LGBTQ Heroes: Herbert List
Herbert List was a photographer, who worked for magazines, including Vogue, Harper’s Bazaar, and Life, and was associated with Magnum Photos. His austere, classically posed black-and-white compositions, particularly his homoerotic male nudes, taken in Italy and Greece being influential in modern photography and contemporary fashion photography.
Herbert List was born in 1903 to a prosperous business family in Hamburg.
He studied literature at the University of Heidelberg.
List traveled extensively on behalf of the family business, which primarily imported and sold coffee. He began taking photos while travelling.
As his passion for photography developed, List used male models, draped fabric, masks and double-exposures to depict dream states and fantastic imagery.
List never published his male nudes in his own lifetime, he kept them hidden within his private papers.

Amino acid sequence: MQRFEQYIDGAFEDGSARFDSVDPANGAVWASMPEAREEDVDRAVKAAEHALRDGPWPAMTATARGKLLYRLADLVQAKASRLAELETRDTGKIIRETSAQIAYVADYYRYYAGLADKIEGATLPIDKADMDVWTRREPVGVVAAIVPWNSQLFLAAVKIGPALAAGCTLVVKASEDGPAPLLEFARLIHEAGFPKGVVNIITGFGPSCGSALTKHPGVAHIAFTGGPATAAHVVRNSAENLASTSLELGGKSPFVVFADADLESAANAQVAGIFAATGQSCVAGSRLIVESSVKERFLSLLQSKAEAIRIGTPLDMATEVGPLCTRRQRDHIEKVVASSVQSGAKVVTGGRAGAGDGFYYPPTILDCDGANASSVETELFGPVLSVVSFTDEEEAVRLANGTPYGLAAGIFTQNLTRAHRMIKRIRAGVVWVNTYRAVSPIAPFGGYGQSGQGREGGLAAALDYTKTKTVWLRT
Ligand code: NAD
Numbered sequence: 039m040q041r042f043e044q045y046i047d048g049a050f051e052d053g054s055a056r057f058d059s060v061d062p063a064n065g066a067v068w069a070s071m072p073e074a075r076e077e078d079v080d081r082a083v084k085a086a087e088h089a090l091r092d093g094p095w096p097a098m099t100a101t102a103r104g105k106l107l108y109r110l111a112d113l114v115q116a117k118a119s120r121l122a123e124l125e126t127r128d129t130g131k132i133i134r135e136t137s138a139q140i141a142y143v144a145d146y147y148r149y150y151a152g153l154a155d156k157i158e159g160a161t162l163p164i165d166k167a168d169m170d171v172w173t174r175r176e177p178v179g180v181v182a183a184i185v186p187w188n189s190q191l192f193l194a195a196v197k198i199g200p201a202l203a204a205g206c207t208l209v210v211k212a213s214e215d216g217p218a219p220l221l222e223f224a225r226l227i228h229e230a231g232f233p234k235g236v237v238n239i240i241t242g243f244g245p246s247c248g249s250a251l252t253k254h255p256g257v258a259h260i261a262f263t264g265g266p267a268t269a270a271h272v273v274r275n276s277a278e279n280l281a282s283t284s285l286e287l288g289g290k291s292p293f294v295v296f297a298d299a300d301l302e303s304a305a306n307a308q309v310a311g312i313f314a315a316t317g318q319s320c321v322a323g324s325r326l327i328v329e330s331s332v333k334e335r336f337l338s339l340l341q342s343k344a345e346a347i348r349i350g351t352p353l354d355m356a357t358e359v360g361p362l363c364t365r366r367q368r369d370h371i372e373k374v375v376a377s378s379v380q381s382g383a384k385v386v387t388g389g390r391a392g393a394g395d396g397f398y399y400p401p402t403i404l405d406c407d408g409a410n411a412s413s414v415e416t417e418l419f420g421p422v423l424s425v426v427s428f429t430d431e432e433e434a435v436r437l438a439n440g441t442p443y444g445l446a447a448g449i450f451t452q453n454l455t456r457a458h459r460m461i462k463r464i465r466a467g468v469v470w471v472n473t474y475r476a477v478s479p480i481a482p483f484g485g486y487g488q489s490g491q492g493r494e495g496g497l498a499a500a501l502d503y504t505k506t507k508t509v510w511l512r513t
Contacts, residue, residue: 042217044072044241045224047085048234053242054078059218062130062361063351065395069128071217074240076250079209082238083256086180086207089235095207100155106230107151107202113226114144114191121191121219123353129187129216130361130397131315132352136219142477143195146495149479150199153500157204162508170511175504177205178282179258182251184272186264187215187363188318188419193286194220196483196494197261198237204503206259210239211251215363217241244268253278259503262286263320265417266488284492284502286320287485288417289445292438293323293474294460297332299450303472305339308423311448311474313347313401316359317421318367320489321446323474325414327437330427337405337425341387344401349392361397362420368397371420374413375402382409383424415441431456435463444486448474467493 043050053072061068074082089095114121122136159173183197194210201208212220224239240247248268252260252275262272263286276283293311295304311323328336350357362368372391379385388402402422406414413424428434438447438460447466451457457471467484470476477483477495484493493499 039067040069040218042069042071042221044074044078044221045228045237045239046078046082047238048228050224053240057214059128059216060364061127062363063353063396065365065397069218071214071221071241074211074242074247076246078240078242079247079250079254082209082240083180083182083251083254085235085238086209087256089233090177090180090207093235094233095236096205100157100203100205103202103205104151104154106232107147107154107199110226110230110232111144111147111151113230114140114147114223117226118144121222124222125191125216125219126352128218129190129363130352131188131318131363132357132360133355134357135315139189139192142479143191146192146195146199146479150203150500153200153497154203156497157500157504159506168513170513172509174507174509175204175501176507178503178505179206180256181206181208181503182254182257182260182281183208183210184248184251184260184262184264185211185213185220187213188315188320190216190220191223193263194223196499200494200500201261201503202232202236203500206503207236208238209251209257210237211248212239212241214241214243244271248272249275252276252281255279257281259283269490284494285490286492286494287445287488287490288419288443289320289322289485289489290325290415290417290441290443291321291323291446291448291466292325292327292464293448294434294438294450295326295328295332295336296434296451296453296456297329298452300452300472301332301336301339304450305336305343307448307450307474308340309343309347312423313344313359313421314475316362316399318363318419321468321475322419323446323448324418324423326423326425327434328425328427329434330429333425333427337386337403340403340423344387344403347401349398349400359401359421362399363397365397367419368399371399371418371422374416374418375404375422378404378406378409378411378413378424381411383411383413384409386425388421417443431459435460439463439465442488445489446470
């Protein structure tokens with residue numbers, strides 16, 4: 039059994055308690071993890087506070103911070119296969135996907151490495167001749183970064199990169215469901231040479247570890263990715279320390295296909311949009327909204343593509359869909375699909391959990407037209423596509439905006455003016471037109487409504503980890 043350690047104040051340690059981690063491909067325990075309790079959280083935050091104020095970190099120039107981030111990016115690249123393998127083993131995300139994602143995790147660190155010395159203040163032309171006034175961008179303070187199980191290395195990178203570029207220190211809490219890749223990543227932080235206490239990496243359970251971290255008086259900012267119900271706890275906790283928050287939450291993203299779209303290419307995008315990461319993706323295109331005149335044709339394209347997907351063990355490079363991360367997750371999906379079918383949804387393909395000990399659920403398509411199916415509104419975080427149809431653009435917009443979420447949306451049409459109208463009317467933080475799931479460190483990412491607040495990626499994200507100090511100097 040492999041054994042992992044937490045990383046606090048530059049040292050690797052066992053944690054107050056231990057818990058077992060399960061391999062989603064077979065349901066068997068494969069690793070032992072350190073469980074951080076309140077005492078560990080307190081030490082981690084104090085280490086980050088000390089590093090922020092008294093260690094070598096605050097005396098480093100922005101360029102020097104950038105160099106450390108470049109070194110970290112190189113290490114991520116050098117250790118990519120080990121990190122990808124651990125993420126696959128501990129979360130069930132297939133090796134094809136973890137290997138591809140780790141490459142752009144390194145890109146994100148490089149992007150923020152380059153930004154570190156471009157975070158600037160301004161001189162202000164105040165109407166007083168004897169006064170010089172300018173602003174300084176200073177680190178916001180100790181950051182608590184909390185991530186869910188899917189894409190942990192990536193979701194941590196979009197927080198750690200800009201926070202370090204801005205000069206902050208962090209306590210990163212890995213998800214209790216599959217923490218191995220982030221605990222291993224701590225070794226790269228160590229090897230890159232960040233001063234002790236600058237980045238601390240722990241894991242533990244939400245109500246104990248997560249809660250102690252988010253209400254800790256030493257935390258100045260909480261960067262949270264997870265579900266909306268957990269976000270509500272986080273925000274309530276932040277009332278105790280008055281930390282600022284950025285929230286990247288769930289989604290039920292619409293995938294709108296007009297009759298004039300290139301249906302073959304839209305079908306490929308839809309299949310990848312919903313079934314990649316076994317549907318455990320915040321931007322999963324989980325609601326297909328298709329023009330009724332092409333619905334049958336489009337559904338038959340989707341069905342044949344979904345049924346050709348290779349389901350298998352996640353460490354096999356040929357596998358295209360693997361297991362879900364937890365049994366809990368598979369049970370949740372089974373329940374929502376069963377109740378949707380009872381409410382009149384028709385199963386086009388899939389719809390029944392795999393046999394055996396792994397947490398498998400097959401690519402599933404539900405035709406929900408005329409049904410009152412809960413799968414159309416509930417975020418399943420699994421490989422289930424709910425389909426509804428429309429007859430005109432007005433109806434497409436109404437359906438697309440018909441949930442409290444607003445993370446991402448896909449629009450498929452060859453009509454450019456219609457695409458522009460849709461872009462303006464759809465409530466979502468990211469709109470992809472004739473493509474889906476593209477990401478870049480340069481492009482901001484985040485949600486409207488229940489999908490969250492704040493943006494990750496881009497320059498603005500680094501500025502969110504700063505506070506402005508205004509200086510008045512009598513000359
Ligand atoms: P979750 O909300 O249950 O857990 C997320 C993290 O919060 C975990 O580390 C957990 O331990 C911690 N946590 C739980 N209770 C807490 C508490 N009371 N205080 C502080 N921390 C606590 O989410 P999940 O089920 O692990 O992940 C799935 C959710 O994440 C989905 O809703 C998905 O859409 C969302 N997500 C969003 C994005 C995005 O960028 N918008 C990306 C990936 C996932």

In 1936, List left Germany to avoid the attention of the Gestapo – he was known as a gay man and also had Jewish heritage within his family. He moved to Paris.
From this time, List devoted himself to his photography, maintaining a studio in London. He became renowned for his fashion photography and also his still life imagery.
World War II
In 1941, List returned to Germany and was drafted into the German military.
After the war, he photographed the ruins of Munich where he continued to live until 1960 – continuing to work as a freelance photographer.
List is best known for his book Junge Männer (1988) which contains more than seventy images of young men lounging in the sun, wrestling and innocently regarding the camera lens.
List died in Munich in 1975.